It’s about this point that we’re presented the killer in question. In one of the few misfires, screenwriter Ted Tally introduces Francis Dolarhyde, or the “Tooth Fairy” (nicknamed so for the bite marks he leaves on his victims), played by Ralph Fiennes, while an abridged history of his abuse as a child plays over the soundtrack. It gives us too much information at once but is still a rather insignificant flaw. What follows and has come before this is a rather detailed look into the investigation of the murders, and it works. There are no obvious holes in the process, and as Graham comes across a new piece of evidence, theory, or conclusion, it’s understandable and doesn’t feel pulled out of nowhere simply to advance the plot. They’re also never right in his face but overlooked simply for the effect of generating suspense. Even Graham’s flashes of almost psychic inspiration seem to flow simply from a detail most people would overlook. We’re allowed to understand the whole process, admire it, and, as a result, become engrossed in it.

The movie is genuinely disturbing, mostly due to the fact that director Brett Ratner has learned from the successes of Lambs and the failures of Hannibal.  Whereas Lambs garnered suspense from what we didn’t see, Hannibal went for full, gory detail and lost the suspense. Just before the confrontation between Graham and Lecter, there’s a scene that essentially rejects the entire concept of Hannibal’s execution. There’s a dinner scene in which the audience knows that the conversation about a missing flautist is directly related to a question about the meal itself. The key is that it’s only alluded too—there’s no embarrassingly grotesque brain flambé to be seen here. The rest of the macabre elements show a similar restraint. The crimes are never shown, and most of the violence is kept off-screen. Ratner shows the aftermath, set against Dante Spinotti’s moody and dreary cinematography. Even as events become more and more sensational, the whole film is somehow grounded in this style.

The characters don’t get too much time to development, but the impressively assembled cast of some of the best, most reliable actors working today is more than able to compensate for it. Norton is characteristically strong as Graham, giving us a hero who’s easy to identify with. Fiennes turns in a chilling performance as Dolarhyde and also manages to make him sympathetic to a certain degree—but not too much. It’s always nice to see Harvey Keitel at work, and he’s a fine choice as Graham’s old boss. Phillip Seymour Hoffman plays a louse of a tabloid journalist as slimy as we’ve come to expect from Hoffman. Emily Watson has an important role as a blind photo technician who attracts Dolarhyde’s affections, and though as great as she is, her character is essential to allow the audience to see a different side of Dolarhyde or at least the possibility of a different person if his female companionship in life was more like this. There are hints that such a life isn’t possible for Dolarhyde, particularly in a disturbing love scene in which Dolarhyde’s enjoyment comes from watching a video of his next victims.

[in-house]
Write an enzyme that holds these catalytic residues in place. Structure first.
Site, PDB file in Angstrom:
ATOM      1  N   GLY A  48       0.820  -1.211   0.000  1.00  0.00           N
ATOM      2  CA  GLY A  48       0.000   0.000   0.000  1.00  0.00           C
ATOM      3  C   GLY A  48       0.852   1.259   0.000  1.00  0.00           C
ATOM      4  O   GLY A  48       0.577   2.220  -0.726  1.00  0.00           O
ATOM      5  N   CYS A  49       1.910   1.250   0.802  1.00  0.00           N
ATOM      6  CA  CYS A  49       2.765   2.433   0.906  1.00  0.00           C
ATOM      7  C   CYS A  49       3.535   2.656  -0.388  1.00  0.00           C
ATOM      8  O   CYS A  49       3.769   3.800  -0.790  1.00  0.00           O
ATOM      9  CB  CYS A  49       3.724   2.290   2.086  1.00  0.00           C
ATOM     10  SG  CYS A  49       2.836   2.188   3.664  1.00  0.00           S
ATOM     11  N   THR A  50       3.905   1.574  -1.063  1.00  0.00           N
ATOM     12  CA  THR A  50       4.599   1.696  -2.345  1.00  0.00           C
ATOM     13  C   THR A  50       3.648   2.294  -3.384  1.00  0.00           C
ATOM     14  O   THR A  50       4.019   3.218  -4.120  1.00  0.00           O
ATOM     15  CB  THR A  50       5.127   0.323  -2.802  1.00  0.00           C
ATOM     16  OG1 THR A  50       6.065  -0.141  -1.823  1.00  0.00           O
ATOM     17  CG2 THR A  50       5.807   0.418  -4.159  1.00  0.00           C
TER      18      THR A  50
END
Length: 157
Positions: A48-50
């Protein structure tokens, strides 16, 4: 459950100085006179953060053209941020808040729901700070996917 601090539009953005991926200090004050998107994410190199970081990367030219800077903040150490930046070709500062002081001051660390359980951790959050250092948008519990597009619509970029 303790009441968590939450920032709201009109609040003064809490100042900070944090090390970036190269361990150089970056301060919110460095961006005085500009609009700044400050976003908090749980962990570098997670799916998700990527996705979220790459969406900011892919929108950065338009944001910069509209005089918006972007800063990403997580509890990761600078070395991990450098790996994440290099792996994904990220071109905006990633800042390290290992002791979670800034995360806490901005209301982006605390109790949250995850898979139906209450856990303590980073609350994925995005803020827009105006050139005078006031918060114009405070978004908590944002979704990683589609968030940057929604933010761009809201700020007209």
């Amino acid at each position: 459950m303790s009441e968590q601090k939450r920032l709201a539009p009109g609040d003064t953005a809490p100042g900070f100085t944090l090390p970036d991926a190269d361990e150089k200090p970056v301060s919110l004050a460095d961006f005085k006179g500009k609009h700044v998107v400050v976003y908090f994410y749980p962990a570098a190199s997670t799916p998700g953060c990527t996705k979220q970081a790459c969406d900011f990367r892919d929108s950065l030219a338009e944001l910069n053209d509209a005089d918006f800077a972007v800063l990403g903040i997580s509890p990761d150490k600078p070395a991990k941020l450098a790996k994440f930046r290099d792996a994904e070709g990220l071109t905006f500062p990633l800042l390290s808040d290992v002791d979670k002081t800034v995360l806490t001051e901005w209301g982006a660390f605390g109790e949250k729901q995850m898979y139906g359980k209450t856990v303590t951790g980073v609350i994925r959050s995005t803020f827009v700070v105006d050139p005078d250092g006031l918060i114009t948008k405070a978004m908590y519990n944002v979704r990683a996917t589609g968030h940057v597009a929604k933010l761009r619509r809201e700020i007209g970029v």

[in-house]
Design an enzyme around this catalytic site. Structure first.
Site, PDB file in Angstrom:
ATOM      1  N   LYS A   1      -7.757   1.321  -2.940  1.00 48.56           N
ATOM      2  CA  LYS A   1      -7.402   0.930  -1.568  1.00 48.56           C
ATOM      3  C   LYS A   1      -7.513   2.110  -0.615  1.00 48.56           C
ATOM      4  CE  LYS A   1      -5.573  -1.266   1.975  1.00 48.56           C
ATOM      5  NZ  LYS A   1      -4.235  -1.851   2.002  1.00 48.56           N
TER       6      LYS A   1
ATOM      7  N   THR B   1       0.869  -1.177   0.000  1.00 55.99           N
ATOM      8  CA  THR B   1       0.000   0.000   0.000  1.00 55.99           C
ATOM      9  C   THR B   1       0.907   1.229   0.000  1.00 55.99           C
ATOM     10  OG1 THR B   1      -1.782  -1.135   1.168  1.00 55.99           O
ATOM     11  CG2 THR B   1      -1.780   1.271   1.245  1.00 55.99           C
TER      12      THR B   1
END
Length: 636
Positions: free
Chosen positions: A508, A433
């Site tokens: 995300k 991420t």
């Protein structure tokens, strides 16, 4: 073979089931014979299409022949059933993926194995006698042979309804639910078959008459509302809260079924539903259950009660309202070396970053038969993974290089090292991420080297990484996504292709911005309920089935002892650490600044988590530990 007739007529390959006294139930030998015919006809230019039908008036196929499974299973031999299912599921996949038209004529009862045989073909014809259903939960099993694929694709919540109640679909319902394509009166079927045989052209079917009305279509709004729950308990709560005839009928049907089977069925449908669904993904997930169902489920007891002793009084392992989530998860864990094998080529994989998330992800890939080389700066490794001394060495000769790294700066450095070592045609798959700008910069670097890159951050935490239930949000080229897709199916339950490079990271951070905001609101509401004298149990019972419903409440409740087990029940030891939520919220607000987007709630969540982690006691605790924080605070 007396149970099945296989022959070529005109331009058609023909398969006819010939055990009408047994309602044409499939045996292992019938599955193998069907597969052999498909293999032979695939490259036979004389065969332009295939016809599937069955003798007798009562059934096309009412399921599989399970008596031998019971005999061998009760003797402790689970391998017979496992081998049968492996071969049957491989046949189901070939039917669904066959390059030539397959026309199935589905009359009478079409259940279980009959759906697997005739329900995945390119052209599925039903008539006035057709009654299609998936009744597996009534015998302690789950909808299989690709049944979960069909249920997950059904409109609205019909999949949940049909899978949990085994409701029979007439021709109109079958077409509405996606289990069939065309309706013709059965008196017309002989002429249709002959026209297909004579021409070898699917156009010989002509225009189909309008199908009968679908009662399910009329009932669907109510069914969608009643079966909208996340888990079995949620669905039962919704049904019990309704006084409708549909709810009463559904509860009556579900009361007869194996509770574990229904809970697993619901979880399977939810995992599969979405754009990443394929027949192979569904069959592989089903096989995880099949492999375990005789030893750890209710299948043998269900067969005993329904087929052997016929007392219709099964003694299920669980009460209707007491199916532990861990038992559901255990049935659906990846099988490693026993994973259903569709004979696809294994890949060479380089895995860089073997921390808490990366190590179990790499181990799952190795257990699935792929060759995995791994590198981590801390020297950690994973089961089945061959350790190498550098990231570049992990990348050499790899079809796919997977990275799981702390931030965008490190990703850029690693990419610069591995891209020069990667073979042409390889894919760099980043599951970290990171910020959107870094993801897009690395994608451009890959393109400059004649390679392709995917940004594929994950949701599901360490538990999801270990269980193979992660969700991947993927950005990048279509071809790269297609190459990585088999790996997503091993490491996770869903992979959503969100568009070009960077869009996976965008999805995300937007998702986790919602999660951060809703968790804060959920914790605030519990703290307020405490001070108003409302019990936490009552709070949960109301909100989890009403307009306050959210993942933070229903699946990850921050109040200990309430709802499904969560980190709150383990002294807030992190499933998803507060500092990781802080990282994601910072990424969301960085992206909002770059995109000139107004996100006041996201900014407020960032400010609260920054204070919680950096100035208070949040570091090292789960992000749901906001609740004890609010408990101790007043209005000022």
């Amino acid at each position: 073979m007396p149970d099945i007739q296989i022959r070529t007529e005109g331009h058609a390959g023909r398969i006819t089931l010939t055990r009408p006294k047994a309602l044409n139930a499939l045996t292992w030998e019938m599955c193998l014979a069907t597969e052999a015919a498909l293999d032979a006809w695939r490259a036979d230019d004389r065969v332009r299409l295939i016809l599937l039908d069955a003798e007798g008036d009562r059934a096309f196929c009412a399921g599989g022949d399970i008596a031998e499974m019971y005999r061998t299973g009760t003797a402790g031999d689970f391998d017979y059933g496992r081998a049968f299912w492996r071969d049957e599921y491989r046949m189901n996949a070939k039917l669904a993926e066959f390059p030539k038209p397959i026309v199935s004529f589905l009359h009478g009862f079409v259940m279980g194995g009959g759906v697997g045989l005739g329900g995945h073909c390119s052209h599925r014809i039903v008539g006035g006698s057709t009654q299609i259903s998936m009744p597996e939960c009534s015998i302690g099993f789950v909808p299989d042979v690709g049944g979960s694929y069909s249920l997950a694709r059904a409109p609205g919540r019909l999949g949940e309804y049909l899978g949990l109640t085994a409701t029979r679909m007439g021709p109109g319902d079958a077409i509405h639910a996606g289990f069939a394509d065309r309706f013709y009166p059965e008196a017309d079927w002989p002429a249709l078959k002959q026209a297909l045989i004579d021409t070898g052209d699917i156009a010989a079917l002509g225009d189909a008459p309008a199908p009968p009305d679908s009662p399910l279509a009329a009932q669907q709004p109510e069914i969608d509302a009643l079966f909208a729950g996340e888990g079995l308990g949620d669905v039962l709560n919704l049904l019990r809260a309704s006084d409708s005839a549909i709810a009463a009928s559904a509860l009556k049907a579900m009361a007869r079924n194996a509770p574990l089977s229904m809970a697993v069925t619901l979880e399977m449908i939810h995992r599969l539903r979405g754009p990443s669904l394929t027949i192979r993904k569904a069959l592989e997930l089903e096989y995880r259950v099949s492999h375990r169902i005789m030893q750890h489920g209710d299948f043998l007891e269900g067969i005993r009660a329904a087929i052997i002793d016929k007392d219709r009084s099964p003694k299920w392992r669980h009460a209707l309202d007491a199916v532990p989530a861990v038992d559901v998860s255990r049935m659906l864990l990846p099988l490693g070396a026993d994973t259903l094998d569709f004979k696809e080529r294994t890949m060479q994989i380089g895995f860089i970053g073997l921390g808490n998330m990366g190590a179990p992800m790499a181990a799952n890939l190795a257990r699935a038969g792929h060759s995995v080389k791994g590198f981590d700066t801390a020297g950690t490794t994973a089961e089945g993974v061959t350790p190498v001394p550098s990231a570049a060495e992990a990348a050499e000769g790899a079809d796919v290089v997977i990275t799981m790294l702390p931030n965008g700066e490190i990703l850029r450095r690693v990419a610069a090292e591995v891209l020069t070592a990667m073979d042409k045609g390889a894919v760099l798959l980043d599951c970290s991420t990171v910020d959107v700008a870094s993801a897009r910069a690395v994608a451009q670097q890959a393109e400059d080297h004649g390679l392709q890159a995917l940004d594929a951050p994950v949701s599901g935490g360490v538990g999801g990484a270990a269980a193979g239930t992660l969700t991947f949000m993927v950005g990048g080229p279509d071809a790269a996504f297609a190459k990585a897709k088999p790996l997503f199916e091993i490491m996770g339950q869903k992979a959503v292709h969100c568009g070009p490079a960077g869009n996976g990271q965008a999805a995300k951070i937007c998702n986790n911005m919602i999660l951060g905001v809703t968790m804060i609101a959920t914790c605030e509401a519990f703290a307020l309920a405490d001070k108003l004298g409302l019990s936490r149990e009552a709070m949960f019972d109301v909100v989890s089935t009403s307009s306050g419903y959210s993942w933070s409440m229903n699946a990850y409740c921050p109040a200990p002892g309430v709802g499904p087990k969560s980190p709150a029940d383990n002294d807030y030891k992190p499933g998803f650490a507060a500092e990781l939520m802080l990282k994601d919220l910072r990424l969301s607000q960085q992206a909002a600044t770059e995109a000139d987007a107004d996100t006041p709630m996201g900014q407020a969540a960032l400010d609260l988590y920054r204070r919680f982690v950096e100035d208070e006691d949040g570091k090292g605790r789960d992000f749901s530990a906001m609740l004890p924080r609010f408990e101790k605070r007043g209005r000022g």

And then of course there’s Anthony Hopkins and his unforgettable screen creation. As horrific a person Hannibal Lecter is, Hopkins gives him all the intelligence and charm that’s equally inherent to his nature. Lecter is not the antagonist of any of these tales, but he is a villain nonetheless—one whose villainy we revel in. Red Dragon knows this, takes it, and runs.

Copyright © 2002 by Mark Dujsik. All rights reserved.